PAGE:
The general slower pace of the game and lack of overall speed creates a calmer driving experience. The lack of a mission timer reduces the need to speed up to finish missions quickly. While you can go through a full day and night cycle to finish a mission, for example, it still pays out the same as if you finished the same mission in five minutes. The slower pace allows for smaller triumphs, like getting over a steep hill, to be more meaningful. That also means failures can be frustrating and funny to experience. The spot-on physics never make you feel like the game is cheating you out of a clean win, and the relaxed pace of each mission encourages you to take risks to uncover more secrets on the map, versus aiming for only the main mission. It's a game for the patient player, which is very welcome since there are so few games like this on the market.

There is more to Expeditions than just driving, though. You are running a business, and that means taking on contracts that pay well. While the money can still be used to buy more trucks and their subsequent upgrades, you'll be able to invest in better facilities to house more items and outposts to stock up on supplies or store them without traveling to the main base headquarters. You can also hire contractors to give you some buffs for the mission. Some give you bonus cash, provided you meet secondary objectives like completing the job without taking on too much engine damage. Others provide extra tools or reduce the amount of damage taken by the car.

While the business aspect could've dampened the fun factor, that isn't the case. Unless you drive recklessly, it's nearly impossible to render your operation bankrupt. Aside from truck recovery being free, a good chunk of the tools you can equip are also free, so coming out on the losing side of a contract is also very difficult. It is still another factor to consider for a mission, but it is never so important that it overshadows the general thrill of the overall driving experience.

There are a few minor nitpicks with this title. There are some missions that ask you to perform a task next to the base, but they start you so far away that it takes time to realize that you need to warp back to the base if you aren't fond of using the map. Speaking of which, the warp option is nice to get out of sticky situations, but the game seems to depend on it to quickly complete a mission. You can go straight for a valuable item and warp back instead of manually driving back. The warp feature is optional, but you must fight the urge to use it since it's free. Finally, the game still suffers from the issue of locking out certain upgrades even if you have the funds because you haven't passed enough missions to unlock the upgrades. Considering how difficult the game is, removing a game barrier like this would've been helpful.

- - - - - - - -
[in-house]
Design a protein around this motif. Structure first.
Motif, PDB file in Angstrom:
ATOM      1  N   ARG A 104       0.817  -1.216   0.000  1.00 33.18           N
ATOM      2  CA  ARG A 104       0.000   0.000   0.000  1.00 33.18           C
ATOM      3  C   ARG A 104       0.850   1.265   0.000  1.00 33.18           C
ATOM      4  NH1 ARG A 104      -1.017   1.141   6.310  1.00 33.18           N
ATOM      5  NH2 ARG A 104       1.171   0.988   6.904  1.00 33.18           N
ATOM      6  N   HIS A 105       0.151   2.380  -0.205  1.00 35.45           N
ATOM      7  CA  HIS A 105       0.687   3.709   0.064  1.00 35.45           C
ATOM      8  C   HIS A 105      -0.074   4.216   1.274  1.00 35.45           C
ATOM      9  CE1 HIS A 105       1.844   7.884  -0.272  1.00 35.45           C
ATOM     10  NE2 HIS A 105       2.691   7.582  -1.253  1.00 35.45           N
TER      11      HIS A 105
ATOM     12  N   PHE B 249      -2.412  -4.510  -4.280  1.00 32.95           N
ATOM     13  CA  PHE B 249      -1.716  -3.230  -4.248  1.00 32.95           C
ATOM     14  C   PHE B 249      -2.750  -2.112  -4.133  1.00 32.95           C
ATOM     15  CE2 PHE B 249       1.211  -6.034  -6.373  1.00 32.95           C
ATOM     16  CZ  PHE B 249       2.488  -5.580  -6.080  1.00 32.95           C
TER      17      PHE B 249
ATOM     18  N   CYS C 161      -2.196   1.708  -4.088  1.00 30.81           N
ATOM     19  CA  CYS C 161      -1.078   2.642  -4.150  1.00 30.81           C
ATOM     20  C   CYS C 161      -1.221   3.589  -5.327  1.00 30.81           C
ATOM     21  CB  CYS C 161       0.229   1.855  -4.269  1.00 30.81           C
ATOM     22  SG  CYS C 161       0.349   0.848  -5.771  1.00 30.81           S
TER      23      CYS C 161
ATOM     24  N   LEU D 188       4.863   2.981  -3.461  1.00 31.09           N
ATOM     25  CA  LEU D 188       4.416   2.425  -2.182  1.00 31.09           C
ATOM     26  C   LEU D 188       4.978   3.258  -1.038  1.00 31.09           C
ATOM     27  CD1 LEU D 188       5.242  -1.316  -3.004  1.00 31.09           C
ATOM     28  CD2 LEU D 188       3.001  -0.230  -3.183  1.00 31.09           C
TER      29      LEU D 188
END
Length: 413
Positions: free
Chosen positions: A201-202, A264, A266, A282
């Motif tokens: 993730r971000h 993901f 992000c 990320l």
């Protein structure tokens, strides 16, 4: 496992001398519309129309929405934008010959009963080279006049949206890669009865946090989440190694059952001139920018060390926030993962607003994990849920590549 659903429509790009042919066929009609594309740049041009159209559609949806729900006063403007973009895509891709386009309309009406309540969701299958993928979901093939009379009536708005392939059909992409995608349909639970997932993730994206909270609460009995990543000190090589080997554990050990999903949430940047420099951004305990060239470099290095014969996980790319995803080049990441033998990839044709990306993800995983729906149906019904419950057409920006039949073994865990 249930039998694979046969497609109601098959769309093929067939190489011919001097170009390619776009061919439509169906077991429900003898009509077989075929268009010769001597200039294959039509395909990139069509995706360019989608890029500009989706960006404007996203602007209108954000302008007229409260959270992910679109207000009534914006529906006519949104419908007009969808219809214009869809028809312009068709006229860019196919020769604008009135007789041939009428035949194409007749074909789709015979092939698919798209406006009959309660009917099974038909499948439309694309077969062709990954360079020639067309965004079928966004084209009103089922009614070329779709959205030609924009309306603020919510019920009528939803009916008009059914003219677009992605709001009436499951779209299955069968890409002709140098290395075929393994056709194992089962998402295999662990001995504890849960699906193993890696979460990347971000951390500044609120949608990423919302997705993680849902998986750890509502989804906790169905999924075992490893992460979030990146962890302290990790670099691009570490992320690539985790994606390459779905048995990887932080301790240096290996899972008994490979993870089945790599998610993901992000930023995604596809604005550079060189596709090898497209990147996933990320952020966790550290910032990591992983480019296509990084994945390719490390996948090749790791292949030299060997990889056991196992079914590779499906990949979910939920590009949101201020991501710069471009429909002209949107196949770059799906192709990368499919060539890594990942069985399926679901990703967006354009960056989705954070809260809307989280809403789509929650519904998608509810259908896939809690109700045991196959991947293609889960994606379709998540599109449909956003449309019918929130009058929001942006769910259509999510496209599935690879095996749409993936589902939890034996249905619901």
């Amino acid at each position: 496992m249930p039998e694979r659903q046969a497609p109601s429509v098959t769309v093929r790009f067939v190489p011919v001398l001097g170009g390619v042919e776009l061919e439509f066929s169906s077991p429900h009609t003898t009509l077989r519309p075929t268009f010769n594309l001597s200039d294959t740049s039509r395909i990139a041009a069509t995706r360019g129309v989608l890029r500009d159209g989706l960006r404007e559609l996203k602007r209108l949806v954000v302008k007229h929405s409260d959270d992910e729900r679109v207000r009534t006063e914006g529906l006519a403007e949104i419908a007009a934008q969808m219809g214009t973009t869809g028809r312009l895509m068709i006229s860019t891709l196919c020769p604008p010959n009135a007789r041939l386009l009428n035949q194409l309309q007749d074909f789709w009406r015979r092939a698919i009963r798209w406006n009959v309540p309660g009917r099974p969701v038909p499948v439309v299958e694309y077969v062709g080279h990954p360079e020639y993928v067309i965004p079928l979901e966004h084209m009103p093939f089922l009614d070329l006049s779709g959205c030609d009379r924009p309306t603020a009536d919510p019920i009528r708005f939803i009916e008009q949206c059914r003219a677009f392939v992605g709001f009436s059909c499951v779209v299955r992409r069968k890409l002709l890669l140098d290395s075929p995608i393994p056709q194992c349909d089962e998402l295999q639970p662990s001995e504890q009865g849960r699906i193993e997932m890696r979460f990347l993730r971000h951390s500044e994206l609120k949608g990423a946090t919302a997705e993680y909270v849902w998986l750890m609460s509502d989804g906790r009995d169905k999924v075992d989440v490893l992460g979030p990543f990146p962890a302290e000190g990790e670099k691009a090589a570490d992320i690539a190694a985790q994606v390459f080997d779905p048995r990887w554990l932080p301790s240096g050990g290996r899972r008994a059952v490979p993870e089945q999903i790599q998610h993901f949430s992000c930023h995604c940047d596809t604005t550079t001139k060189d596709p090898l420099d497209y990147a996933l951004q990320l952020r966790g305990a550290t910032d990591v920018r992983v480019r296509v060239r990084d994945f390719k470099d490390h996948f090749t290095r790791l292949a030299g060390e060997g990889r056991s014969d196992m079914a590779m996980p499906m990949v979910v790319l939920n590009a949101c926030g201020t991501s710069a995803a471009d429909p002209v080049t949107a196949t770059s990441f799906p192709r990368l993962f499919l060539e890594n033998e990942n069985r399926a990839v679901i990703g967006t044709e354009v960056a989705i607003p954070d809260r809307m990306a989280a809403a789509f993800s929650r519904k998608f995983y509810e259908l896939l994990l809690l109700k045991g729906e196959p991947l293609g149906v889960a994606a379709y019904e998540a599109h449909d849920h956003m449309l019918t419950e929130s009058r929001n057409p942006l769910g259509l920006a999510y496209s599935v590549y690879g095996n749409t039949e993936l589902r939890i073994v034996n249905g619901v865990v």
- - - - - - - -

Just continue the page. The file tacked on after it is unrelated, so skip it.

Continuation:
The developers have clocked the campaign at roughly 100 hours, which is believable considering how long the missions can get based on your travel speed. Co-op play is coming at some undisclosed date, but perhaps the real draw for the game is the built-in mod support. Modding is hosted by instead of Steam Workshop, and while there's nothing there during the review period, past support for SnowRunner gives one hope that the modding scene will be just as robust.

For the most part, the presentation is good. The rocky terrain of Colorado and the Arizona deserts and the forest of the Carpathian Mountains looks great, with lots of detail on the rocks and trees and dirt. Coupled with the same type of attention paid to the water and mud from before, and the environments really stand out positively. The vehicles also look nice, even when you start to damage them heavily. The smoke that appears when you start to drive is less impressive-looking. The sound is where things falter a bit. The sound effects of your car engines are fine, but the music is generic, even if the instrumental country rock fits thematically. The game also lacks voices, which is disappointing when some missions contain a decent amount of radio chatter.

Steam Deck users will be glad to know that the game runs on the device, but you'll need to do some tweaking to achieve a nice balance with performance and battery life. The game runs at the device's native 1280x800 resolution but does so with saved settings from the last device. If you selected Ultra on every option for your main PC, for example, that means the Steam Deck will try to run the game on everything on Ultra as well. On the Deck, the result isn't that bad, as the game fluctuates between 45-55fps, but the game's slower pace makes this feel fine. Battery life, however, takes a big hit, as you'll barely reach two hours on a full charge on the original version of the Steam Deck. Dialing in better settings for the Deck and locking down the frame rate would do wonders in terms of being able to squeeze more battery life from the game.

Like its predecessors, Expeditions: A MudRunner Game is for a specific type of player who wants a driving game instead of a racing game. The player must enjoy messing around with the intricacies of off-road vehicles and doesn't mind experiencing every driving mishap possible. Expeditions isn't a game for everyone, but for those looking for something different from the norm, it's well worth a shot.

Score: 8.0/10